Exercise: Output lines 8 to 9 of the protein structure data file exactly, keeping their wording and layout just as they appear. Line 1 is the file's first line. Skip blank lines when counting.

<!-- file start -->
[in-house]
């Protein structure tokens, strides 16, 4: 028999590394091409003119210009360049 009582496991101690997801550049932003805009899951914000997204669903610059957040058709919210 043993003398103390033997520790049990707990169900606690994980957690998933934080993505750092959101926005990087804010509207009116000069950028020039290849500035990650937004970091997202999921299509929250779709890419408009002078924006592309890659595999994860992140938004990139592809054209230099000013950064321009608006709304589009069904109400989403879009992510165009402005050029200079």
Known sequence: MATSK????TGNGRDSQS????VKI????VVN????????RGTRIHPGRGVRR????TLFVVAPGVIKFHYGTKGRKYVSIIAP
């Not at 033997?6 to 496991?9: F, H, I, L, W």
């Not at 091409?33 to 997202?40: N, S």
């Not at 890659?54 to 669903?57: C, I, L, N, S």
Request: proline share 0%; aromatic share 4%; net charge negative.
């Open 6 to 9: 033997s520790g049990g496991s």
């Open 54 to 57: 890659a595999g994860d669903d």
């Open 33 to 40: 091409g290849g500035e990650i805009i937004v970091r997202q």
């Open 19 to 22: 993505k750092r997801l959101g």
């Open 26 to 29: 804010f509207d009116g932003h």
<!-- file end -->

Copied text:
């Open 6 to 9: 033997s520790g049990g496991s």
């Open 54 to 57: 890659a595999g994860d669903d």